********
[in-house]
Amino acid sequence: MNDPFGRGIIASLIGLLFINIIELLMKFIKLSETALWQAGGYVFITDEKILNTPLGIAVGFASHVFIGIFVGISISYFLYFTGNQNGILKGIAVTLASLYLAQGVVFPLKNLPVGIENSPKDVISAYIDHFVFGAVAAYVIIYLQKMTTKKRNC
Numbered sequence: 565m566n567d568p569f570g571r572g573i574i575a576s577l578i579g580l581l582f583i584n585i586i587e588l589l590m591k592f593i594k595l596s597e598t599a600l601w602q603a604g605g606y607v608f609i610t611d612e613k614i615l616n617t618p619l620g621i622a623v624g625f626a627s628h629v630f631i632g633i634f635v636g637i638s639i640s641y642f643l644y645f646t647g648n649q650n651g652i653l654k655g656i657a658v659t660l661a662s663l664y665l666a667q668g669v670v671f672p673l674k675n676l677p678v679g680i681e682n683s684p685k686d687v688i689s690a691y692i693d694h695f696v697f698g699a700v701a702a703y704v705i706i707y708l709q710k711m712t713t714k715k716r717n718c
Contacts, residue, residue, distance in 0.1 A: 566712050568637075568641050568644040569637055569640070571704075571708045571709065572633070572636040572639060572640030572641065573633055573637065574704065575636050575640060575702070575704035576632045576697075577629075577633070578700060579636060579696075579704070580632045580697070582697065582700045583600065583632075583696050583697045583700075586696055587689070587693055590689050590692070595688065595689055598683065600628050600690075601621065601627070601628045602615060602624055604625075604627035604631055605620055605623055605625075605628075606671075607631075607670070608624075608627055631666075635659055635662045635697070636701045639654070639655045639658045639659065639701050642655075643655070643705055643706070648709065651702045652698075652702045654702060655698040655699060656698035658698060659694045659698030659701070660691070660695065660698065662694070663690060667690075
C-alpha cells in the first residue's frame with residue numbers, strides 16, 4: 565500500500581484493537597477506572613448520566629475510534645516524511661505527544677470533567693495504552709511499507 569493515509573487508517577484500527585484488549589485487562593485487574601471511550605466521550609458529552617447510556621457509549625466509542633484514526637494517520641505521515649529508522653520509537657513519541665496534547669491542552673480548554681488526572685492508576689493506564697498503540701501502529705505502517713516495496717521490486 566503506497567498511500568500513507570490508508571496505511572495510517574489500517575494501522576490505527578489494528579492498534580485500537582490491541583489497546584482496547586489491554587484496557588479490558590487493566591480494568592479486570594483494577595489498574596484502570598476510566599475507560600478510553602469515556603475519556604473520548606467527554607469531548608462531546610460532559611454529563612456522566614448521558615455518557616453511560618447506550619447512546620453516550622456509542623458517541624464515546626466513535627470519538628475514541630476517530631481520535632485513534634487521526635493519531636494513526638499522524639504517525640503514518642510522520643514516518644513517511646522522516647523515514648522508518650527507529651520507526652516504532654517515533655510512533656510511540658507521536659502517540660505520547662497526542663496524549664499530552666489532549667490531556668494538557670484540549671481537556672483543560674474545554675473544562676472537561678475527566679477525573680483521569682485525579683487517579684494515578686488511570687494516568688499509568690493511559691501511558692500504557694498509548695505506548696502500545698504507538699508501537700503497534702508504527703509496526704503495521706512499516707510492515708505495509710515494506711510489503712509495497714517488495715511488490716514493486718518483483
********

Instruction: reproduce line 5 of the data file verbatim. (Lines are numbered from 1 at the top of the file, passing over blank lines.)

C-alpha cells in the first residue's frame with residue numbers, strides 16, 4: 565500500500581484493537597477506572613448520566629475510534645516524511661505527544677470533567693495504552709511499507 569493515509573487508517577484500527585484488549589485487562593485487574601471511550605466521550609458529552617447510556621457509549625466509542633484514526637494517520641505521515649529508522653520509537657513519541665496534547669491542552673480548554681488526572685492508576689493506564697498503540701501502529705505502517713516495496717521490486 566503506497567498511500568500513507570490508508571496505511572495510517574489500517575494501522576490505527578489494528579492498534580485500537582490491541583489497546584482496547586489491554587484496557588479490558590487493566591480494568592479486570594483494577595489498574596484502570598476510566599475507560600478510553602469515556603475519556604473520548606467527554607469531548608462531546610460532559611454529563612456522566614448521558615455518557616453511560618447506550619447512546620453516550622456509542623458517541624464515546626466513535627470519538628475514541630476517530631481520535632485513534634487521526635493519531636494513526638499522524639504517525640503514518642510522520643514516518644513517511646522522516647523515514648522508518650527507529651520507526652516504532654517515533655510512533656510511540658507521536659502517540660505520547662497526542663496524549664499530552666489532549667490531556668494538557670484540549671481537556672483543560674474545554675473544562676472537561678475527566679477525573680483521569682485525579683487517579684494515578686488511570687494516568688499509568690493511559691501511558692500504557694498509548695505506548696502500545698504507538699508501537700503497534702508504527703509496526704503495521706512499516707510492515708505495509710515494506711510489503712509495497714517488495715511488490716514493486718518483483